I figure you have two choices. One, tell him to read the text, listen to the text read in class (maybe he can go privately to the teacher and ask not to read or you can email her so not to make a scene), and learn the lesson (while understanding that the language isn't acceptable). Willy Loman still has something powerful to teach us about our values and our families.
You know that as he gets older he will only face more challenges in school, work, and life. He can be true to who he is while learning the lessons available he will be a stronger man. Two, he can stand up for what he believes to be correct. This is very hard at his age and it may have repercussions with how other students interact with him. As a parent you need to be sure this is the right cause, he is able to handle it, and you are willing to stand with him the whole way. You also need to be sure this is the right battle. Making a stand strengthens character and reinforces values.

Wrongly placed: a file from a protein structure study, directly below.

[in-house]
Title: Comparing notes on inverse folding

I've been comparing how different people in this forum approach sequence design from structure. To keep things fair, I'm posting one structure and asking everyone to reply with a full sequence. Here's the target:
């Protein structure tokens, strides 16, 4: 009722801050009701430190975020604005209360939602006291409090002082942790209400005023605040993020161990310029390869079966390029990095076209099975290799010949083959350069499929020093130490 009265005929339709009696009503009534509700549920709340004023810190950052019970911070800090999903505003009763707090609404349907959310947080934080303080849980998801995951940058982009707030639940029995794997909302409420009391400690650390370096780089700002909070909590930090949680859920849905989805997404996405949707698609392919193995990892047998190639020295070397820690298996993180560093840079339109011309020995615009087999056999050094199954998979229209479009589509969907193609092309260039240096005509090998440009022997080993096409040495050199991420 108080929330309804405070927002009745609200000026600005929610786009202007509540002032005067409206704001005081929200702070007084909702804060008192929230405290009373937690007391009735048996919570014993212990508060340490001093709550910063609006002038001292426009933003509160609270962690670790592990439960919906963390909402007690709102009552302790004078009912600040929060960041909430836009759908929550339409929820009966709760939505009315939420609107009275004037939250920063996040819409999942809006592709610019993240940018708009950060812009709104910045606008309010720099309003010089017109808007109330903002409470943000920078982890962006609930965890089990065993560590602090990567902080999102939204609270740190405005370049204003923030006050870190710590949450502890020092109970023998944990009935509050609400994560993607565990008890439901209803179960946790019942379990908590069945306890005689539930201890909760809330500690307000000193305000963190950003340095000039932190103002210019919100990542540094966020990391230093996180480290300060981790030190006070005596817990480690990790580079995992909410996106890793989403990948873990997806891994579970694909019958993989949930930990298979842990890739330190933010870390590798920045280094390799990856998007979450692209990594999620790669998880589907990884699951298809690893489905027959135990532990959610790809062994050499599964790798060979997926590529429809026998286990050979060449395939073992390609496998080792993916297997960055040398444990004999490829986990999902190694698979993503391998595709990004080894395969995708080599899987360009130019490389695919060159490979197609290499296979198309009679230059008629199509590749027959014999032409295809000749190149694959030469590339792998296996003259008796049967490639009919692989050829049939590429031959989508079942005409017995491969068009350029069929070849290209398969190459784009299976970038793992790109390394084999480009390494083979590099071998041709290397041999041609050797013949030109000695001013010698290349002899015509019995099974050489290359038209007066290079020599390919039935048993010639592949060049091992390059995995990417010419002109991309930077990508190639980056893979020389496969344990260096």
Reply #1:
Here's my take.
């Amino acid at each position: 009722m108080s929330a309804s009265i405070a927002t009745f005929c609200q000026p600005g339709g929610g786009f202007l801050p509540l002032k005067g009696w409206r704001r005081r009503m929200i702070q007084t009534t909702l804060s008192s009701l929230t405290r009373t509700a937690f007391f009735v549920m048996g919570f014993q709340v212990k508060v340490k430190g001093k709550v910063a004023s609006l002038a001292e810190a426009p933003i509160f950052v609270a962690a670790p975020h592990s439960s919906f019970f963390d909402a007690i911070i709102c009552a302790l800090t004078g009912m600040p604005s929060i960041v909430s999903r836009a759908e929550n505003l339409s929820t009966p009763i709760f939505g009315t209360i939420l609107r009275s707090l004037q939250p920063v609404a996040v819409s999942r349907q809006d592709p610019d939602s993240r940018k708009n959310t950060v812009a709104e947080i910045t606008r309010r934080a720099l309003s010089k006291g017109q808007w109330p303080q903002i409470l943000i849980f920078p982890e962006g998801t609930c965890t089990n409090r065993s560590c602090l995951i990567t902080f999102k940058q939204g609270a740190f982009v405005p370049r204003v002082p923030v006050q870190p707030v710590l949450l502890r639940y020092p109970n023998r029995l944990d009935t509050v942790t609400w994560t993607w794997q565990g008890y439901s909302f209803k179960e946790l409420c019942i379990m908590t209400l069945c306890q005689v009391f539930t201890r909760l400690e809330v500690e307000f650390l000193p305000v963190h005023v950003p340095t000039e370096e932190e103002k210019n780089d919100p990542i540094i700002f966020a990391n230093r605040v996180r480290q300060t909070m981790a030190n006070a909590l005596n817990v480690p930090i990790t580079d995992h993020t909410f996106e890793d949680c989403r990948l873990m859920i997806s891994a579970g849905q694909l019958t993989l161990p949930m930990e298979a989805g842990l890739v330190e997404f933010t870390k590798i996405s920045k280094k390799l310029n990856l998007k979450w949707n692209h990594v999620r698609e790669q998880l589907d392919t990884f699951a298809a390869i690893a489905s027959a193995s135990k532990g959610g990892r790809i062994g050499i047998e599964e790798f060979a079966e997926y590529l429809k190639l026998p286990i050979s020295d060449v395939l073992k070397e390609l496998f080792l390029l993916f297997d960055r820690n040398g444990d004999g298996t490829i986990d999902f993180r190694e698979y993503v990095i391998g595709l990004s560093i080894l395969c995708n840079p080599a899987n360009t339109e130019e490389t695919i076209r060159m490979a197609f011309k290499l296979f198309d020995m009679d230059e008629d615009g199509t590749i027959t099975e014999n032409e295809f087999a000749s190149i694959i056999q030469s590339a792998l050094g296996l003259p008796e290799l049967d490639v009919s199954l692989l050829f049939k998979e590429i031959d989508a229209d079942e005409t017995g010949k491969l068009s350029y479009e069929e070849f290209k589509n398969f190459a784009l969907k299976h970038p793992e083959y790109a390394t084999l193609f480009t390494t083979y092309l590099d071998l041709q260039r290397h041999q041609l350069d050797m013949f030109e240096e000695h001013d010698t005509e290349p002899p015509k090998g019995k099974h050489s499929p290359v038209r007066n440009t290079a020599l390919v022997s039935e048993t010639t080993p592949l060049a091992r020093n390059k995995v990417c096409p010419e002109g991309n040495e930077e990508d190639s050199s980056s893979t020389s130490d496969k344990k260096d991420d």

I'll be honest as a parent I would choose the first option. There will be bigger issues and he will have his time to stand up and be counted. I'm just not sure this is the right one. You may still have Catch-22, Ender's Game, Man's Search for Meaning, Pygmalion, The Catcher in the Rye, Equus, The Things They Carried Away, A Separate Peace, The Stranger, Siddhartha, A Clockwork Orange, and The Bell Jar (to name a few from a HS reading list) which will challenge his values in many different ways.
As a parent this is a serious question we must continually ask ourselves. My wife likes to read the books so she can discuss the ideas in the books casually with the kids. Honestly, we have no issue with the language. But there are topics that come up that we think it is important that our kids consider our values as they read the books. My son is reading Nickle and Dimed right now. I love the book and wanted to be sure he understood how some people might object to it. So I discussed it with him before they discussed it in class.